Simple equation to help with map size

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noemen
Posts: 45
Joined: Tue May 29, 2018 3:46 pm
 
  by noemen » Mon Sep 09, 2019 3:11 am
I made a simple equation that makes it easy to calculate the size of a terrain in meters or km
  • sqKM = km²(exe:20.480km*20.480km=419.44Km²
    HM = height map (exe:2048px)
    Cell = meters/px
sqKm/(HM*2)/HM=Cell
(HM*Cell)*(HM*Cell)=sqKm

Calc ex:

(2048px*2)*(2048px*2)=16.777216km²
16.777216Km²/(2048*2)/2048px=2m/px
Last edited by noemen on Mon Sep 09, 2019 4:23 pm, edited 1 time in total.
Duion
Posts: 1377
Joined: Sun Feb 08, 2015 1:51 am
 
by Duion » Mon Sep 09, 2019 12:57 pm
What is that for? Sounds very complicated. I always used that equasion:

Texture size 2048x2048 = 2x2 km = 4 sqm

Much simpler.
Timmy
Posts: 378
Joined: Thu Feb 05, 2015 3:20 am
by Timmy » Mon Sep 09, 2019 3:45 pm
What is that for? Sounds very complicated. I always used that equasion:

Texture size 2048x2048 = 2x2 km = 4 sqm

Much simpler.
Yes much simpler but also potentially incorrect as you are not taking into account the block size.
noemen
Posts: 45
Joined: Tue May 29, 2018 3:46 pm
 
by noemen » Mon Sep 09, 2019 4:09 pm
What is that for? Sounds very complicated. I always used that equasion:

Texture size 2048x2048 = 2x2 km = 4 sqm

Much simpler.
Yes, yes, it's much simpler. You can use a 1: 1 cell, so if you create a slightly larger terran you have to change the size of the cell and that's where my equation comes in.
noemen
Posts: 45
Joined: Tue May 29, 2018 3:46 pm
 
by noemen » Mon Sep 09, 2019 4:16 pm
For example, you can create a terrain larger than 500km² and need to divide it into several grids (example from the map of Life is Feudal). You need an equation for everything to be correct.
Code_Man
Posts: 66
Joined: Fri Jan 26, 2018 9:12 pm
by Code_Man » Mon Sep 09, 2019 8:14 pm
Ugh not to derail, but how do you even get the size of the map/terrain in game units?
A while back i looked for it, but i couldnt find it and till now i forgot about this issue.
Duion
Posts: 1377
Joined: Sun Feb 08, 2015 1:51 am
 
by Duion » Tue Sep 10, 2019 2:42 am
1 pixel heightmap = 1 meter ingame

Yes you could have different cell sizes, but anything else than 1 is bad, 2 may be tolerable for large scale games that mainly has vehicles or so and does not need the fidelity that is needed in first person shooters. I already tried different cell sizes, even something like 0.5 but it just made the player getting stuck more and will kill the frame rate a lot, since you now have up to 4 times more polygons.

So just forget using anyhting else than 1 for cell size.

@
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Code_Man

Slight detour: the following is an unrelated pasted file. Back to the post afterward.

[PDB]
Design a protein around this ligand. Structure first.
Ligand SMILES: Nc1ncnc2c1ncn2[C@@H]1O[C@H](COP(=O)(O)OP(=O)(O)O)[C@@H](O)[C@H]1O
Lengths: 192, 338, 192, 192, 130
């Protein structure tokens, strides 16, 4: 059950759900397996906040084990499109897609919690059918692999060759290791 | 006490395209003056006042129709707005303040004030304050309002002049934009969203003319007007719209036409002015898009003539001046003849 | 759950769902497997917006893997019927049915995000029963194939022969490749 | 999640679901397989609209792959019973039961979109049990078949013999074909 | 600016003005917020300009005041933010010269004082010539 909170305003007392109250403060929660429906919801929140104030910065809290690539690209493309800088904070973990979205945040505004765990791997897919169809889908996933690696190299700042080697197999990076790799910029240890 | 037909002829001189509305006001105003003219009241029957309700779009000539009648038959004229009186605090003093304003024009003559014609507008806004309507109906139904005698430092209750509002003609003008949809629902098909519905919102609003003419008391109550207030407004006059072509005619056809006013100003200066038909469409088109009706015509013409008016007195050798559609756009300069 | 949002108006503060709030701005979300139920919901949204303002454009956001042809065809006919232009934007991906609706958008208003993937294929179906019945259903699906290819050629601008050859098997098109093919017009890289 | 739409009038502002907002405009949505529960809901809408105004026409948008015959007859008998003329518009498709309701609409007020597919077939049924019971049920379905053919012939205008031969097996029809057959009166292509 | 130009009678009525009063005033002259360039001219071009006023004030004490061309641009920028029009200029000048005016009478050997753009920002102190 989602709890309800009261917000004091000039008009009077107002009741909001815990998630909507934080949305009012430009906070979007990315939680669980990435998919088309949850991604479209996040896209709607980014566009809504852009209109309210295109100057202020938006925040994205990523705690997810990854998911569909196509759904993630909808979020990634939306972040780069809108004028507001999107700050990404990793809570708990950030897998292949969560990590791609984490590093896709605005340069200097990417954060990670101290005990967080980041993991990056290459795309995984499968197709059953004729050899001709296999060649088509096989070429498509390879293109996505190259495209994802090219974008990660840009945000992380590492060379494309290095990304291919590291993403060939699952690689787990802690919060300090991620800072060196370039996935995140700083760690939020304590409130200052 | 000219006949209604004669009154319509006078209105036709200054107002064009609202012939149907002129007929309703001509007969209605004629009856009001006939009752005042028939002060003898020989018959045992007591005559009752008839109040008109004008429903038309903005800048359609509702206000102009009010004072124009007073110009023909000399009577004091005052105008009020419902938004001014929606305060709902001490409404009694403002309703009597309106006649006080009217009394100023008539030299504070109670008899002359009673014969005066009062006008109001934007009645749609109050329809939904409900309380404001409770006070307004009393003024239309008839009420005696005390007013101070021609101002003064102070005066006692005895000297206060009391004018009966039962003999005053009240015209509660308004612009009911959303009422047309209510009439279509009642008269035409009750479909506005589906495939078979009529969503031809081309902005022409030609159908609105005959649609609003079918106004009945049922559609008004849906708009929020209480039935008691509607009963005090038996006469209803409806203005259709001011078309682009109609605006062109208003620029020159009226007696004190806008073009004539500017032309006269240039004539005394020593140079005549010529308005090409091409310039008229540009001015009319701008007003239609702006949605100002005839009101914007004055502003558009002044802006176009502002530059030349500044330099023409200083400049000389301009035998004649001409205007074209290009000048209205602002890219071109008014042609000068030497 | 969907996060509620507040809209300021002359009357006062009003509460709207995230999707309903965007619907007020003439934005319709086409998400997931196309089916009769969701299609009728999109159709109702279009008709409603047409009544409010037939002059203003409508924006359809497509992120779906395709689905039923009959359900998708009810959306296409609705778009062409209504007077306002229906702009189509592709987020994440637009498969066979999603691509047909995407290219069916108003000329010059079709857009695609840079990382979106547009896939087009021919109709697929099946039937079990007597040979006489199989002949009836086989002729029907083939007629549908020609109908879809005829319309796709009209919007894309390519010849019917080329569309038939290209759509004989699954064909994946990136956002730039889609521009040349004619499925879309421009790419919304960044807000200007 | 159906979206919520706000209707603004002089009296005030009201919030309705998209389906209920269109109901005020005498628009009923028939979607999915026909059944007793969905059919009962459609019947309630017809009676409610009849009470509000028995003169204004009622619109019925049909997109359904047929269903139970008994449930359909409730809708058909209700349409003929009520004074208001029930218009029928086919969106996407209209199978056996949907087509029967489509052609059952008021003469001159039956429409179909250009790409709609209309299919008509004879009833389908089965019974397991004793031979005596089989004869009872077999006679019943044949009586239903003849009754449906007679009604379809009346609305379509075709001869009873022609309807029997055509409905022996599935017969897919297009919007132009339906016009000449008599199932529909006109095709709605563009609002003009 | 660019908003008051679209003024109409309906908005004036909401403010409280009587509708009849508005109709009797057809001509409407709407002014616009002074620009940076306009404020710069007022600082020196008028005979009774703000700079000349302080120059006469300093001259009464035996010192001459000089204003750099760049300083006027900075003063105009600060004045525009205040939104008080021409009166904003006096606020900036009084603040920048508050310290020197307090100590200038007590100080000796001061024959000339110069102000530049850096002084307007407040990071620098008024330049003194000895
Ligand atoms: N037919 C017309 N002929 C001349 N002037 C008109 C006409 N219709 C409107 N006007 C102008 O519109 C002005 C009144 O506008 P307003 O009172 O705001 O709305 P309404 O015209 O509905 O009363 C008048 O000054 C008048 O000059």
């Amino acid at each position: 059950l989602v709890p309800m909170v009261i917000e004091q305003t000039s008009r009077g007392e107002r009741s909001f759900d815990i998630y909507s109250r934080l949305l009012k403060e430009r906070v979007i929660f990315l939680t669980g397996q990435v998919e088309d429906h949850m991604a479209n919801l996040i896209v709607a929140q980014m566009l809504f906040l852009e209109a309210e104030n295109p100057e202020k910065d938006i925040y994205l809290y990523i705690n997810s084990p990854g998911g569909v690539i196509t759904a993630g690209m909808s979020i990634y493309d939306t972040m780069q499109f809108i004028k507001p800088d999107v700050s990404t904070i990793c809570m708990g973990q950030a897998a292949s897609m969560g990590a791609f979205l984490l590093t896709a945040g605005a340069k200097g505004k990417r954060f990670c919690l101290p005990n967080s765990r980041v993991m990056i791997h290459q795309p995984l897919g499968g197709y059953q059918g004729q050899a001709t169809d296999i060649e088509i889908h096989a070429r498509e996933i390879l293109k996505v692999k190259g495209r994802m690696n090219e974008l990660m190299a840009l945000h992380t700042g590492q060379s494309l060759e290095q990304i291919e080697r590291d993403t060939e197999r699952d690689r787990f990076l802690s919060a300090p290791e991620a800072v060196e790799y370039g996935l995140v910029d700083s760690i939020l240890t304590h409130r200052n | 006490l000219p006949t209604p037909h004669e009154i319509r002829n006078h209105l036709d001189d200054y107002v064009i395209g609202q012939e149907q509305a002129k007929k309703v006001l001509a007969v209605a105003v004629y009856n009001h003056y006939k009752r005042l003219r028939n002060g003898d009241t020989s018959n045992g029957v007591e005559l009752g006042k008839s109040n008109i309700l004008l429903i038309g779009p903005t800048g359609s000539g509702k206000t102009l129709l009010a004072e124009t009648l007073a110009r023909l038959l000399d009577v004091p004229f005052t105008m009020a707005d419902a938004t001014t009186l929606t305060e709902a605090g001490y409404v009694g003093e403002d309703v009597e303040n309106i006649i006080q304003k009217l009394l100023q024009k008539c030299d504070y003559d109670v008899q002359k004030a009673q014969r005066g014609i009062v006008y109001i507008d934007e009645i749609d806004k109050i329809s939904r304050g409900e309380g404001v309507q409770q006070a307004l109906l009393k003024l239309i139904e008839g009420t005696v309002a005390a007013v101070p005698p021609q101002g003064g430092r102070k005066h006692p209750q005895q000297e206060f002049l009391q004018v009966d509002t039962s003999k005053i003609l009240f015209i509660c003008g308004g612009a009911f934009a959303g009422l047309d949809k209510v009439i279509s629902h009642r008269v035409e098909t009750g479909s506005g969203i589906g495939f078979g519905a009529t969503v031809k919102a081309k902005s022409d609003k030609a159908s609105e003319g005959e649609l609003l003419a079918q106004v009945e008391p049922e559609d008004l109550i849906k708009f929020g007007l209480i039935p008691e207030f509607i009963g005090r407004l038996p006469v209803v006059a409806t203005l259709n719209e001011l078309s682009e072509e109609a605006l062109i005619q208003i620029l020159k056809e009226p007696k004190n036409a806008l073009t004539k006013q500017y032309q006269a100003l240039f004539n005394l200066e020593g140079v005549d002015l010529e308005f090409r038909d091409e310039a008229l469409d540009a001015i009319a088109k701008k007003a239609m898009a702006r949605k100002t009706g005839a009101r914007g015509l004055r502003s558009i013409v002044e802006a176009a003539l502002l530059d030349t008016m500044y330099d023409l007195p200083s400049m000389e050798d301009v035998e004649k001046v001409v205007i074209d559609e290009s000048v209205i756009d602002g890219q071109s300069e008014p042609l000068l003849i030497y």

Torque is metric, so one unit is one meter is one pixel is one cell size is one grid size.

For everyone who wants it accurate you can just use 2,048kmx2,048km = 4,194304 sqm for a 2048 pixel heightmap with cell size one, it is not rocket science. If you really want another cell size you can multiply it with that number first, so 2048x2048 with cell size 2 is just like a 4096x4096 terrain.
noemen
Posts: 45
Joined: Tue May 29, 2018 3:46 pm
 
by noemen » Thu Sep 12, 2019 6:46 am
I am working with 4096x4096 and 2.5 p/m on a land of 10240mX10240m. For now I see no problem ... Sometimes it is good to risk. As most players have relatively good computers, try to balance the graphics (if the terrain is heavy, eliminate some polygons of some objects to balance).
noemen
Posts: 45
Joined: Tue May 29, 2018 3:46 pm
 
by noemen » Thu Sep 12, 2019 7:04 am
Ugh not to derail, but how do you even get the size of the map/terrain in game units?
A while back i looked for it, but i couldnt find it and till now i forgot about this issue.
I work with Qgis, making maps and so on. When I need to make a DEM, I need to turn it into UTM (to have control in meters) and then relate pixels to meters; This is where math comes in. With Torque3D I get the same results. I just related.
Duion
Posts: 1377
Joined: Sun Feb 08, 2015 1:51 am
 
by Duion » Thu Sep 12, 2019 12:48 pm
I am working with 4096x4096 and 2.5 p/m on a land of 10240mX10240m. For now I see no problem ... Sometimes it is good to risk. As most players have relatively good computers, try to balance the graphics (if the terrain is heavy, eliminate some polygons of some objects to balance).
Larger cell size gives you much better performance since you have much less polygons in visible range, so you are actually improving performance in your case. You may not see a problem for now, but you significantly lack detail on the terrain as a new polygon only starts at 2.5 meters. If you use odd numbers like those, you also may encounter engine problems like physics problems as I did with a 0.5 cell terrain. I don't know why you need such a larger terrain, most modern games do not even have that and the biggest issue is probably to fill all that terrain with objects, a 2x2km level is already a huge pain to design.
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